The physical and verbal abuse Juleus Ghunta endured as a child has forced him to become a compelling writer with a burning desire to study conflict and create stamping grounds for peace.
“I cried daily as a child; I was always angry,” said Ghunta, who is now pursuing a Master’s Degree in Peace Studies at the University of Bradford, United Kingdom.
He explained that most of the abuse happened because his mother was struggling to raise four children without assistance from their fathers.
Ghunta, at an early age, started to develop revulsion for injustice.
“I spoke out and was kicked out of my family home in Kendal, Hanover, at age 14. I then moved to Pell River and lived there for three years,” he told The Jamaica Beacon.
To escape the emotional strain, Ghunta made friendships with people like Mike Broome, a veteran of the Vietnam War who moved to Pell River from Texas in 1999.
“I spent many weekends at his feet, listening to stories about the graveyards that war erects in its survivors; about the military industrial complex; and what I could do to make a difference. Since then, my life journey has been a search for a deeper understanding of conflict, trauma, and peace-building.”
The author, who learned to read when he was 12 years old, started writing in a ‘serious’ way four years ago, when he began to concentrate mainly on poetry.
Ghunta’s poems about trauma and child abuse have appeared in more than 20 international journals across 13 countries.
The 30-year-old poet, who was born Craig Dixon, said: “I write to understand my past, the consequences of the traumatic experiences I endured; and to heal.”
Ghunta is now on the cusp of releasing a children’s book, Tata and the Big Bad Bull, illustrated by Swedish artist Ann-Cathrine Loo.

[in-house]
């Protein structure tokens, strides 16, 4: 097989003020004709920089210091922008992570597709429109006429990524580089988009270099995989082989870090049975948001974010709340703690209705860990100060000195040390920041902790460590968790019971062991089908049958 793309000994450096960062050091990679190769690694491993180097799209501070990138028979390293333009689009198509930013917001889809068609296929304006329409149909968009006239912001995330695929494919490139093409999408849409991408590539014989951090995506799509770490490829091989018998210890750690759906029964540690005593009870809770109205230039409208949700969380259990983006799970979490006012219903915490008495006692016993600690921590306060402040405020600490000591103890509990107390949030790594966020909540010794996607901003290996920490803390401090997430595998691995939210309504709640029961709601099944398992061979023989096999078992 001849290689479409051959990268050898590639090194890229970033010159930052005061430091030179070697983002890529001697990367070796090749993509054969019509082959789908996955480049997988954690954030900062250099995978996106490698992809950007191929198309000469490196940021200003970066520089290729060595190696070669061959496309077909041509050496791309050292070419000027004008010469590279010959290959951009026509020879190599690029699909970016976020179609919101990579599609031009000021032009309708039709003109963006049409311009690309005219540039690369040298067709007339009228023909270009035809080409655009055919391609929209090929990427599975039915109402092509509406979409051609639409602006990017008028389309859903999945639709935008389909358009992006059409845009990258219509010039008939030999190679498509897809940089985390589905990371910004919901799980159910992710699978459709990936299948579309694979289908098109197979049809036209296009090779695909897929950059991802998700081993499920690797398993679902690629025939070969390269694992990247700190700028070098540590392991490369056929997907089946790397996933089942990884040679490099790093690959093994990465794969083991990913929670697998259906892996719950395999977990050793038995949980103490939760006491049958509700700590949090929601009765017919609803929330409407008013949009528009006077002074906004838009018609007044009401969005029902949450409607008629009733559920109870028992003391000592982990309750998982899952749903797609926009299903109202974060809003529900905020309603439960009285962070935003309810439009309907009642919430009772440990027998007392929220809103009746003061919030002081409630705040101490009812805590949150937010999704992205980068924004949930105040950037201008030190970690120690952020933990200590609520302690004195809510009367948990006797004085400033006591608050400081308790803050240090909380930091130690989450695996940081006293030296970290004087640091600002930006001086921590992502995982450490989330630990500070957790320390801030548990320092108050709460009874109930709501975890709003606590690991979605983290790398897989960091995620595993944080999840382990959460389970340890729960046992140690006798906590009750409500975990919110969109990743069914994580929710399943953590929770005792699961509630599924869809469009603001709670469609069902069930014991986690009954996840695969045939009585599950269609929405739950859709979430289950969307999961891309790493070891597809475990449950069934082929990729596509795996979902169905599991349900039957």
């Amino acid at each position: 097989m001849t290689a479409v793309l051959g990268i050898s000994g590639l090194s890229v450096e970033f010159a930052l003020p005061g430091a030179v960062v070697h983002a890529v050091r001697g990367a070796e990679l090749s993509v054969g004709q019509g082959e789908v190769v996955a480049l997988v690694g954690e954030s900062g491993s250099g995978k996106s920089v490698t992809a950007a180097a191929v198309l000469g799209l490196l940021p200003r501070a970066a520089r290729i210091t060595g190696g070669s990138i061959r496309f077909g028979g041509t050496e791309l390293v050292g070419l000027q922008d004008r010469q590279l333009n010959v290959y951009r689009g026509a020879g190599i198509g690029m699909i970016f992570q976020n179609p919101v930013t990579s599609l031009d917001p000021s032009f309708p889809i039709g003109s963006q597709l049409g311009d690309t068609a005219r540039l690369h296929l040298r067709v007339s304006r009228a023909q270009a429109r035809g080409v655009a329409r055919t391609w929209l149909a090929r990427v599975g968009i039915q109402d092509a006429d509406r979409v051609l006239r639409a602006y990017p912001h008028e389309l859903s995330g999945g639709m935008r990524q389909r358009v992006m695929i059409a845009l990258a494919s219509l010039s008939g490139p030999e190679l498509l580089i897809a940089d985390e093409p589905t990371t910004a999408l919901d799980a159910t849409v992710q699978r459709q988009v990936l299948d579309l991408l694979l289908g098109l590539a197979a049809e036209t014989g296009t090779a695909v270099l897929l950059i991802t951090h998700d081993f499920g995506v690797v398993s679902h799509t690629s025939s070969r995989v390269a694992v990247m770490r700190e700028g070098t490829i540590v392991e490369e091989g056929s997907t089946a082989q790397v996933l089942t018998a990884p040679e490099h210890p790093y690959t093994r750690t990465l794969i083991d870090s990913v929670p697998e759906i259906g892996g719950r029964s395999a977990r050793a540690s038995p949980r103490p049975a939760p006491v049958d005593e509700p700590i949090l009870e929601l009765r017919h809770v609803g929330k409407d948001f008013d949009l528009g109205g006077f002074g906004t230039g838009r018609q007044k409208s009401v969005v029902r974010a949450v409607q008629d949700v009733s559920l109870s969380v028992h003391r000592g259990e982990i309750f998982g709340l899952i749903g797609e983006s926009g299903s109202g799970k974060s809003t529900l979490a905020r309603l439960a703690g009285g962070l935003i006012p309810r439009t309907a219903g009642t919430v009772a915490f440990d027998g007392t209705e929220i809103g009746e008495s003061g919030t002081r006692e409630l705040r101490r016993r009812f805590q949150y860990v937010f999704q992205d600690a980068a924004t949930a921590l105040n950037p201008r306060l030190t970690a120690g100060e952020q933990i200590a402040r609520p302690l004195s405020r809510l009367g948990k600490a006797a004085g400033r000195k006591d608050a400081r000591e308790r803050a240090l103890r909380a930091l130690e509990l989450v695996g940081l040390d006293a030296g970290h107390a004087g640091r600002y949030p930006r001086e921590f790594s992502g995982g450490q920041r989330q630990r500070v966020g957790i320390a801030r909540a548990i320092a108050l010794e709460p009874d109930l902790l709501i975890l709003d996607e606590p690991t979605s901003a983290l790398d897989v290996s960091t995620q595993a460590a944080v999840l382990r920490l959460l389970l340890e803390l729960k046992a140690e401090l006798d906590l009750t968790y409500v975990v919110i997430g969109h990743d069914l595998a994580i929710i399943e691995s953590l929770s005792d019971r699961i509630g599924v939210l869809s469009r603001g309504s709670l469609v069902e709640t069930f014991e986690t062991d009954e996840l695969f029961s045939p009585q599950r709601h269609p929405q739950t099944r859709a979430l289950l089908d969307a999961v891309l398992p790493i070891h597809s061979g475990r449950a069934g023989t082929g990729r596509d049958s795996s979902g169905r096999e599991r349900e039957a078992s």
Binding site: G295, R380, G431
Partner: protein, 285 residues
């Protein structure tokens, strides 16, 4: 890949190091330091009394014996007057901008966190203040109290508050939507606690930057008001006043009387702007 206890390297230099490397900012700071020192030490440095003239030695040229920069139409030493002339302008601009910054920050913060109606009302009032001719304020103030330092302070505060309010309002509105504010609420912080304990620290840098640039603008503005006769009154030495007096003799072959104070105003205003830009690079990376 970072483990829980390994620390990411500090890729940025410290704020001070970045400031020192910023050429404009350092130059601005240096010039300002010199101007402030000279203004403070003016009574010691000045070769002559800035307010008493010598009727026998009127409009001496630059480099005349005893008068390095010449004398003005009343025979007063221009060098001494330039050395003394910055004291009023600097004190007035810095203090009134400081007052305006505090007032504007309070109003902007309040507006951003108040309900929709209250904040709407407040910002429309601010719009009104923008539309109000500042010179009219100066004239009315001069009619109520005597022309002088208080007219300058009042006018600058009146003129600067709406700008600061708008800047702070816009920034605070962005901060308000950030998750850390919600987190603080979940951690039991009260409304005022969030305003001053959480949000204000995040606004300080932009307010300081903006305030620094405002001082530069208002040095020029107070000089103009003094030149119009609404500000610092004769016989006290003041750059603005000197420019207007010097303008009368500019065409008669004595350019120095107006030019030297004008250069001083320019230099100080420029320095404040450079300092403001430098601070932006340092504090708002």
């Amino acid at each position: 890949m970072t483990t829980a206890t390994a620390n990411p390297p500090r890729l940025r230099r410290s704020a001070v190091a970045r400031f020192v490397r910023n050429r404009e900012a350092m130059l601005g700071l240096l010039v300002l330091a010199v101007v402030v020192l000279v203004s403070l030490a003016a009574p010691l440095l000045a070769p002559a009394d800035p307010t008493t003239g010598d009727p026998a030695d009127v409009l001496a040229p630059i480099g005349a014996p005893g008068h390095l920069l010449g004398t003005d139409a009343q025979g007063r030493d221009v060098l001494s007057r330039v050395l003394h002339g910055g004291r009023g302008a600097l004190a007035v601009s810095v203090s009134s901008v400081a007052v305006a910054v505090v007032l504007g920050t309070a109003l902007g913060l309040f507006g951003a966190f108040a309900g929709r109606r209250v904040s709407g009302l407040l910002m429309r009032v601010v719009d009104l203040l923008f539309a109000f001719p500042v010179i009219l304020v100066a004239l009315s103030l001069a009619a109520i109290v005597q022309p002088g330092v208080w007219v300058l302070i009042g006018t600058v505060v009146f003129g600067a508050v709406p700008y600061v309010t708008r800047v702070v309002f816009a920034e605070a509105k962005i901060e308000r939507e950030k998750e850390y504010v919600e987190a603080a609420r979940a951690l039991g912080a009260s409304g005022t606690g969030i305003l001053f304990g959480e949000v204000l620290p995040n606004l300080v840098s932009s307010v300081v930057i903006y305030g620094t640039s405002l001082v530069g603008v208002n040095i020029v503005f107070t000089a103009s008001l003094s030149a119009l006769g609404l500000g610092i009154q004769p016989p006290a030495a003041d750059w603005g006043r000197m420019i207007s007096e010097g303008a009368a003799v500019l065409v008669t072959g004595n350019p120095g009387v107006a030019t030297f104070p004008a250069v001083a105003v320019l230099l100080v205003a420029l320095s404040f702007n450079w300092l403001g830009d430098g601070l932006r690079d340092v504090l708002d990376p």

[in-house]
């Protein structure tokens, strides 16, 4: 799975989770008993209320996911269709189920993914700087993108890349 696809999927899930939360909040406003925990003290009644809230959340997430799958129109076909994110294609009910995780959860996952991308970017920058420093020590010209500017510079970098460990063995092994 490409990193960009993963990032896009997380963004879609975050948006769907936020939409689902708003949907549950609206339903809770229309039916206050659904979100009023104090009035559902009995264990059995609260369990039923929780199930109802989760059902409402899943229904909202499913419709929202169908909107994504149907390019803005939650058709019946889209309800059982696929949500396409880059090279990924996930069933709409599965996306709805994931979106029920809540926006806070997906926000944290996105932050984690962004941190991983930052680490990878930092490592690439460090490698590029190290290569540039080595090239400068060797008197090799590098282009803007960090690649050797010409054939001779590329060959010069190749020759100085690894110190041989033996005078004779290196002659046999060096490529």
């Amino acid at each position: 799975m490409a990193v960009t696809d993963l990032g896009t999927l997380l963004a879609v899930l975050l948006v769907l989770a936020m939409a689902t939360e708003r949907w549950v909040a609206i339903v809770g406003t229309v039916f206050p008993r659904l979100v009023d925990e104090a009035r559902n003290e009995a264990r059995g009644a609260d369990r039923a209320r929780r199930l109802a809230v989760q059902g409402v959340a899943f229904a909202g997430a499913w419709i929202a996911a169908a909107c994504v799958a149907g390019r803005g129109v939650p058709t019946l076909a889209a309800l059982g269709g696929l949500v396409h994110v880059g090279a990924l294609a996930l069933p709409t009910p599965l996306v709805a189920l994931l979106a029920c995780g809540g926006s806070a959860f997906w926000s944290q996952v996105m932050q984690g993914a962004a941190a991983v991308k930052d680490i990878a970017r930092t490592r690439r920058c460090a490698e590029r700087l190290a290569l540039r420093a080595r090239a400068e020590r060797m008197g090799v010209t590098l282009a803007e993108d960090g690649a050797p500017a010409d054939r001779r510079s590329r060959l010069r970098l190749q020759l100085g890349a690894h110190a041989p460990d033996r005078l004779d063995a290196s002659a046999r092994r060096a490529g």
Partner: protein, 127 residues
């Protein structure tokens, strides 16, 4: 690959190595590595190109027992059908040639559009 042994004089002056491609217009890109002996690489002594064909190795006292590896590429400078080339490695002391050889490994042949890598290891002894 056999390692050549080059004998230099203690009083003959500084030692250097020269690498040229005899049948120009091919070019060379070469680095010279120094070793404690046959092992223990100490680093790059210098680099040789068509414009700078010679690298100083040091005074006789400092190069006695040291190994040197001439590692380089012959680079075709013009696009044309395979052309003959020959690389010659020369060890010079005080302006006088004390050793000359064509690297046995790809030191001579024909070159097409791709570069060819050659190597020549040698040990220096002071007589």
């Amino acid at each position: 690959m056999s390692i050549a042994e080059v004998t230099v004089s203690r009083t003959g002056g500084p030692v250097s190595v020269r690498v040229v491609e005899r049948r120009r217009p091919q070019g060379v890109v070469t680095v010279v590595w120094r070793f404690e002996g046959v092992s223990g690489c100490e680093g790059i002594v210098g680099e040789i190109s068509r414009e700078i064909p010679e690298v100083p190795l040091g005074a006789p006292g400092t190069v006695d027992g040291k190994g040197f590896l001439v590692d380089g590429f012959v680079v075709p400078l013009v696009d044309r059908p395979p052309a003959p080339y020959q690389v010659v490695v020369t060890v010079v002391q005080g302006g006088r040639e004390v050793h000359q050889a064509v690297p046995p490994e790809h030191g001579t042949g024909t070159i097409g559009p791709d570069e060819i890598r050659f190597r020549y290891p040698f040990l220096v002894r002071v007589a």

“This book reminds readers of the importance of compassion and forgiveness,” Ghunta posited.
Tata and the Big Bad Bull, which already received high praises from reviewers, will be published by CaribbeanReads on May 31 this year.
“It is a gift to children whose courage, resilience and leadership are needed in this troubled world,” said Ghunta who calls himself a ‘dreamrighter’.
He told The Jamaica Beacon that he intends to continue contributing towards peace-building efforts through his writing and other avenues.
Ghunta already gained membership in peace-building organisations around the world, and has taken his advocacy to countries in the Eastern Caribbean and Africa.
One of his most memorable trips was to a peace-building workshop in Rwanda in 2010.
“There, I saw first-hand the pernicious consequences of war, as well as the immense cost of indifference. I walked through vast tombs and touched the bones of Rwandans who were killed in the genocide,” the Rusea’s High School past-student explained.
He, in 2013, received the Prime Minister’s National Youth Award (Jamaica) for outstanding contribution to regional peace advocacy.
Ghunta, in the meantime, intends to return to his homeland this year when he completes his Master’s Degree in Peace Studies.
“I hope to raise awareness around issues such as adverse childhood experiences, trauma, and toxic masculinity,” said the Chevening scholar and motivational speaker, who holds a Bachelor of Arts Degree in Media and Communications from the University of the West Indies, Mona.
By Horace Mills
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